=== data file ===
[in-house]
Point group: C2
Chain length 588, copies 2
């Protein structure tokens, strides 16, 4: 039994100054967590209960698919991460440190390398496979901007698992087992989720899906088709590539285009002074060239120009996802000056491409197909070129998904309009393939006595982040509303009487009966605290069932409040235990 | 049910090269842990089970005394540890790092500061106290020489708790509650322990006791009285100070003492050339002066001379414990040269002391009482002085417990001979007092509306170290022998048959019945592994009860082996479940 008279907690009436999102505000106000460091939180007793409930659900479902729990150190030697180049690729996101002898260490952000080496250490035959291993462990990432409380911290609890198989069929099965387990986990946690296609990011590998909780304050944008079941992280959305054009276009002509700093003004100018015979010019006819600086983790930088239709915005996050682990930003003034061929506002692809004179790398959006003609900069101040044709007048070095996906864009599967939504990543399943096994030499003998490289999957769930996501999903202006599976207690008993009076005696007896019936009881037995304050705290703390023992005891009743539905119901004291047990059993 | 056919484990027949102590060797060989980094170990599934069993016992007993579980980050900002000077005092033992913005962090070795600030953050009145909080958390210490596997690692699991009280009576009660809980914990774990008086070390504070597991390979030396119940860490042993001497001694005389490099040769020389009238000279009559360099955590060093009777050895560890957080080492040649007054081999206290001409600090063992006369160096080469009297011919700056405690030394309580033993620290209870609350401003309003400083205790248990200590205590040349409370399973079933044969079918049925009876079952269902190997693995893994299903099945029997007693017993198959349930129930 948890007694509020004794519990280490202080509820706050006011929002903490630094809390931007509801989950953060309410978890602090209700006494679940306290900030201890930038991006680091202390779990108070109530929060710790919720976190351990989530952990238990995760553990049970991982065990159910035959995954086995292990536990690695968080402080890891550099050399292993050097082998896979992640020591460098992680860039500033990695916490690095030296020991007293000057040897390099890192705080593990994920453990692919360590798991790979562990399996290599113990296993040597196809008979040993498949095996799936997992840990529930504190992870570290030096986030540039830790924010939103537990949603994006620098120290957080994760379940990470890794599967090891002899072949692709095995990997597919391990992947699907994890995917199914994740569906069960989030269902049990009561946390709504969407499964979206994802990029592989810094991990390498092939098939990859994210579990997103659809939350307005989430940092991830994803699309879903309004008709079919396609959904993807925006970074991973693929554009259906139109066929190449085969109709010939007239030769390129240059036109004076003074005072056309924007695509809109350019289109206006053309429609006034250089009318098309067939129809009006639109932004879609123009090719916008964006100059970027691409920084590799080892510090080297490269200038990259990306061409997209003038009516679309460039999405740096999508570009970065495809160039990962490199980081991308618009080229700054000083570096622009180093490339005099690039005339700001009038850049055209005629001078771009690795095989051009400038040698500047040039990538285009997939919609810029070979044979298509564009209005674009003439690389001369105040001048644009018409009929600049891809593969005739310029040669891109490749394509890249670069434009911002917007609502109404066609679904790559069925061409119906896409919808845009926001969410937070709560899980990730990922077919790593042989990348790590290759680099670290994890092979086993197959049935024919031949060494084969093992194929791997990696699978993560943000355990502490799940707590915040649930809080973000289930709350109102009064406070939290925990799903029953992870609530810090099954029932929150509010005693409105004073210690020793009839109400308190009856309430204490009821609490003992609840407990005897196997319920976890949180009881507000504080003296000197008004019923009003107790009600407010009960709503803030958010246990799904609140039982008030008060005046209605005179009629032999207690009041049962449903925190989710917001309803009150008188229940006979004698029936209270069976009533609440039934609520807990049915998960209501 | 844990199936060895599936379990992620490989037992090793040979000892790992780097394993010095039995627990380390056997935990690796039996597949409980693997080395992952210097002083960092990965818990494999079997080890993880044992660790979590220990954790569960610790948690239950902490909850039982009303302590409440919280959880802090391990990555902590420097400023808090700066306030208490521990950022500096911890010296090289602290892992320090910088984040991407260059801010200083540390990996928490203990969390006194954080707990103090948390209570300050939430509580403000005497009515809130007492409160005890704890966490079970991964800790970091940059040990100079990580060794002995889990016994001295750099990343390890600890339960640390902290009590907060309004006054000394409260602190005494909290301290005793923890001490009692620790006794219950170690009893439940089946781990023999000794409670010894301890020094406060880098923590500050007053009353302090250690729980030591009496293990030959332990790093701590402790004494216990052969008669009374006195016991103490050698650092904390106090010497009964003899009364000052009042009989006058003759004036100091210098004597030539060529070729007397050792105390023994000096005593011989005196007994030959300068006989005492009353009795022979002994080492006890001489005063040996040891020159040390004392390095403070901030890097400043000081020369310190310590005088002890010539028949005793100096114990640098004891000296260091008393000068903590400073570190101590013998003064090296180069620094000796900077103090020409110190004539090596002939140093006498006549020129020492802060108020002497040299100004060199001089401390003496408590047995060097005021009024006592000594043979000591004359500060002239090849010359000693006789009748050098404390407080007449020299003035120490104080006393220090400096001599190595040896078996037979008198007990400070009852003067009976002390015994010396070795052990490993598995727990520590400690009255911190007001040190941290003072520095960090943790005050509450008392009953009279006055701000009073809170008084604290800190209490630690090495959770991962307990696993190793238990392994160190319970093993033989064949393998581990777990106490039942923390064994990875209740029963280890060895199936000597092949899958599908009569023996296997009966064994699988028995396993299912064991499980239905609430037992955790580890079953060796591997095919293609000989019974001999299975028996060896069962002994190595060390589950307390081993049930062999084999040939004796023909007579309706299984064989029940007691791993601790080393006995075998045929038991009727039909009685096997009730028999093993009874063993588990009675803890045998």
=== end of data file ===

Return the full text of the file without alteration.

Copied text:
[in-house]
Point group: C2
Chain length 588, copies 2
């Protein structure tokens, strides 16, 4: 039994100054967590209960698919991460440190390398496979901007698992087992989720899906088709590539285009002074060239120009996802000056491409197909070129998904309009393939006595982040509303009487009966605290069932409040235990 | 049910090269842990089970005394540890790092500061106290020489708790509650322990006791009285100070003492050339002066001379414990040269002391009482002085417990001979007092509306170290022998048959019945592994009860082996479940 008279907690009436999102505000106000460091939180007793409930659900479902729990150190030697180049690729996101002898260490952000080496250490035959291993462990990432409380911290609890198989069929099965387990986990946690296609990011590998909780304050944008079941992280959305054009276009002509700093003004100018015979010019006819600086983790930088239709915005996050682990930003003034061929506002692809004179790398959006003609900069101040044709007048070095996906864009599967939504990543399943096994030499003998490289999957769930996501999903202006599976207690008993009076005696007896019936009881037995304050705290703390023992005891009743539905119901004291047990059993 | 056919484990027949102590060797060989980094170990599934069993016992007993579980980050900002000077005092033992913005962090070795600030953050009145909080958390210490596997690692699991009280009576009660809980914990774990008086070390504070597991390979030396119940860490042993001497001694005389490099040769020389009238000279009559360099955590060093009777050895560890957080080492040649007054081999206290001409600090063992006369160096080469009297011919700056405690030394309580033993620290209870609350401003309003400083205790248990200590205590040349409370399973079933044969079918049925009876079952269902190997693995893994299903099945029997007693017993198959349930129930 948890007694509020004794519990280490202080509820706050006011929002903490630094809390931007509801989950953060309410978890602090209700006494679940306290900030201890930038991006680091202390779990108070109530929060710790919720976190351990989530952990238990995760553990049970991982065990159910035959995954086995292990536990690695968080402080890891550099050399292993050097082998896979992640020591460098992680860039500033990695916490690095030296020991007293000057040897390099890192705080593990994920453990692919360590798991790979562990399996290599113990296993040597196809008979040993498949095996799936997992840990529930504190992870570290030096986030540039830790924010939103537990949603994006620098120290957080994760379940990470890794599967090891002899072949692709095995990997597919391990992947699907994890995917199914994740569906069960989030269902049990009561946390709504969407499964979206994802990029592989810094991990390498092939098939990859994210579990997103659809939350307005989430940092991830994803699309879903309004008709079919396609959904993807925006970074991973693929554009259906139109066929190449085969109709010939007239030769390129240059036109004076003074005072056309924007695509809109350019289109206006053309429609006034250089009318098309067939129809009006639109932004879609123009090719916008964006100059970027691409920084590799080892510090080297490269200038990259990306061409997209003038009516679309460039999405740096999508570009970065495809160039990962490199980081991308618009080229700054000083570096622009180093490339005099690039005339700001009038850049055209005629001078771009690795095989051009400038040698500047040039990538285009997939919609810029070979044979298509564009209005674009003439690389001369105040001048644009018409009929600049891809593969005739310029040669891109490749394509890249670069434009911002917007609502109404066609679904790559069925061409119906896409919808845009926001969410937070709560899980990730990922077919790593042989990348790590290759680099670290994890092979086993197959049935024919031949060494084969093992194929791997990696699978993560943000355990502490799940707590915040649930809080973000289930709350109102009064406070939290925990799903029953992870609530810090099954029932929150509010005693409105004073210690020793009839109400308190009856309430204490009821609490003992609840407990005897196997319920976890949180009881507000504080003296000197008004019923009003107790009600407010009960709503803030958010246990799904609140039982008030008060005046209605005179009629032999207690009041049962449903925190989710917001309803009150008188229940006979004698029936209270069976009533609440039934609520807990049915998960209501 | 844990199936060895599936379990992620490989037992090793040979000892790992780097394993010095039995627990380390056997935990690796039996597949409980693997080395992952210097002083960092990965818990494999079997080890993880044992660790979590220990954790569960610790948690239950902490909850039982009303302590409440919280959880802090391990990555902590420097400023808090700066306030208490521990950022500096911890010296090289602290892992320090910088984040991407260059801010200083540390990996928490203990969390006194954080707990103090948390209570300050939430509580403000005497009515809130007492409160005890704890966490079970991964800790970091940059040990100079990580060794002995889990016994001295750099990343390890600890339960640390902290009590907060309004006054000394409260602190005494909290301290005793923890001490009692620790006794219950170690009893439940089946781990023999000794409670010894301890020094406060880098923590500050007053009353302090250690729980030591009496293990030959332990790093701590402790004494216990052969008669009374006195016991103490050698650092904390106090010497009964003899009364000052009042009989006058003759004036100091210098004597030539060529070729007397050792105390023994000096005593011989005196007994030959300068006989005492009353009795022979002994080492006890001489005063040996040891020159040390004392390095403070901030890097400043000081020369310190310590005088002890010539028949005793100096114990640098004891000296260091008393000068903590400073570190101590013998003064090296180069620094000796900077103090020409110190004539090596002939140093006498006549020129020492802060108020002497040299100004060199001089401390003496408590047995060097005021009024006592000594043979000591004359500060002239090849010359000693006789009748050098404390407080007449020299003035120490104080006393220090400096001599190595040896078996037979008198007990400070009852003067009976002390015994010396070795052990490993598995727990520590400690009255911190007001040190941290003072520095960090943790005050509450008392009953009279006055701000009073809170008084604290800190209490630690090495959770991962307990696993190793238990392994160190319970093993033989064949393998581990777990106490039942923390064994990875209740029963280890060895199936000597092949899958599908009569023996296997009966064994699988028995396993299912064991499980239905609430037992955790580890079953060796591997095919293609000989019974001999299975028996060896069962002994190595060390589950307390081993049930062999084999040939004796023909007579309706299984064989029940007691791993601790080393006995075998045929038991009727039909009685096997009730028999093993009874063993588990009675803890045998």